The mobile apps appear to have only a student-facing functionality. The lack of encryption for all but the the transaction that posts the username and password is consistent with that of the web app.

Authentication controls were in place to prevent remote attacks through enumeration of student or teacher IDs. Authentication tokens were invalidated when a user logged out of the session.

Notification and response

I notified the company of these observations on March 5th.  They got back to me a couple of days ago and have been very responsive since then.  I am including the company’s response to the observations I’d sent, with their permission:

As you noted, HTTPS is currently only used on IXL to protect login credentials and credit card data. Any risk created by using HTTP on the rest of the site is mitigated by the fact that, while technically possible, it is difficult for a determined hacker to “sniff” a user’s cookie value off of a modern network and navigate as if signed in as that user. However, we have been working to move our entire site over to HTTPS to eliminate this vulnerability. Though the vast majority of sites still use HTTP to serve up their content, we want to take every step we can to keep our site and our users secure.

Student passwords are intentionally stored in a reversible format to allow instructors to view them from their rosters. This allows instructors to retrieve them without making changes but, as you mentioned, makes them less secure when transmitted over HTTP. As we move to serve all IXL content over HTTPS, this risk will be eliminated, but it is worth noting that passwords for instructor-created students are the only passwords stored this way. Passwords for teachers, administrators, and parents who purchase their own accounts are all securely hashed when stored.

Thank you for pointing out that user credentials are included in the URL of the POST transaction when signing in on our Android app. Our engineering team has written a fix to remove this vulnerability, and we will patch it in once the update has been thoroughly tested by our Quality Assurance team.

I will add three thoughts of my own:

Sniffing cookies: For a determined hacker, sniffing cookies from a modern network and navigating a site as another user is not difficult at all. In 2011 a firefox plugin called “Firesheep” automated the process.  Today, a free program called “Cookie Cadger” automates the process and can be used with a stock Macbook Pro to execute this attack, called “Session Hijacking”.  In 2013 I worked on a story with Dana Liebelson of Mother Jones describing the problem and the short embedded video below, from that article, shows a demonstration.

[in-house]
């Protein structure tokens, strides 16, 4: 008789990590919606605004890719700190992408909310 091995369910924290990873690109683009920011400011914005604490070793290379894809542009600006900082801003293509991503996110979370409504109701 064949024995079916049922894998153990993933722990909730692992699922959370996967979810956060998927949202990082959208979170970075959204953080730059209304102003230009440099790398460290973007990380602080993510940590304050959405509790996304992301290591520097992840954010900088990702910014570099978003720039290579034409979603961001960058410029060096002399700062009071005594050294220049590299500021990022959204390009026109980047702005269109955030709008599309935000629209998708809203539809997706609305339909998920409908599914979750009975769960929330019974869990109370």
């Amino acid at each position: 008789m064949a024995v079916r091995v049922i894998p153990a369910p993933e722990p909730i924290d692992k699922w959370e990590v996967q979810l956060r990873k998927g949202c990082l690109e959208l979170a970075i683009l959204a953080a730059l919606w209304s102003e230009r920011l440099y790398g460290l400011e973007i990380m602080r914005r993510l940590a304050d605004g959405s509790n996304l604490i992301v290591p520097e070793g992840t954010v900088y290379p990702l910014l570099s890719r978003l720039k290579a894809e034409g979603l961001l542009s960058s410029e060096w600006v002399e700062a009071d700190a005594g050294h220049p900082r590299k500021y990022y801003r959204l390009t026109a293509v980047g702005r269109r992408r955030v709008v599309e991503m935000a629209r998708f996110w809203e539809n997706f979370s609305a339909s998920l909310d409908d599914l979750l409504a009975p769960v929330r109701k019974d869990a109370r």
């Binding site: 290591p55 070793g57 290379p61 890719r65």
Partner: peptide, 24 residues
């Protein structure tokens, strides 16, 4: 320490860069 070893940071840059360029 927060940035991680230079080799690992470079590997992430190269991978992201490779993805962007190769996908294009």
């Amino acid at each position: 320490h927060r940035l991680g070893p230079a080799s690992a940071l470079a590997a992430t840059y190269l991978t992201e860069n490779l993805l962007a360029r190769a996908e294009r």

The vast majority of sites still use HTTP to serve content:  Certainly true but it’s a flawed comparison.  The vast majority of sites don’t have usernames and passwords to create authenticated sessions, and don’t collect personal information from students.  The correct general use comparison here is social media or web-email sites, which typically do use encryption (well, since Firesheep anyway).  The OWASP Transport Security Layer (TLS) cheat sheet includes a rule to use TLS (another name for SSL) for all login pages and all authenticated pages.

Plaintext passwords:   Storing passwords in reversible formats is clearly counter to best practices for general use and transmitting them unencrypted makes it worse.  But, coupled with SSL perhaps it could be considered as a defined exception for classroom apps, so long as SSL+(HSTS required and secure flag if load balancers allow it) was there, and if personal information collected by the service was restricted to a less-sensitive subset. There is a practical reason behind it in this case. This is the sort of thing that might be in an edtech-specific security standard, if there was consensus that it is acceptable practice in defined circumstances.

Testing notes

I have access to my child’s paid student account, and also set up demo teacher and student accounts. Screen shots in this document are from the demo teacher and student accounts but all of the student account observations have been confirmed in the paid student account.

Detailed Observations

Sample reports
Screen shots of student assessment reports are shown below. In my demo accounts the data is sparse but the categories of data can be seen in these captures.

Student account

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Teacher Account

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Lack of encryption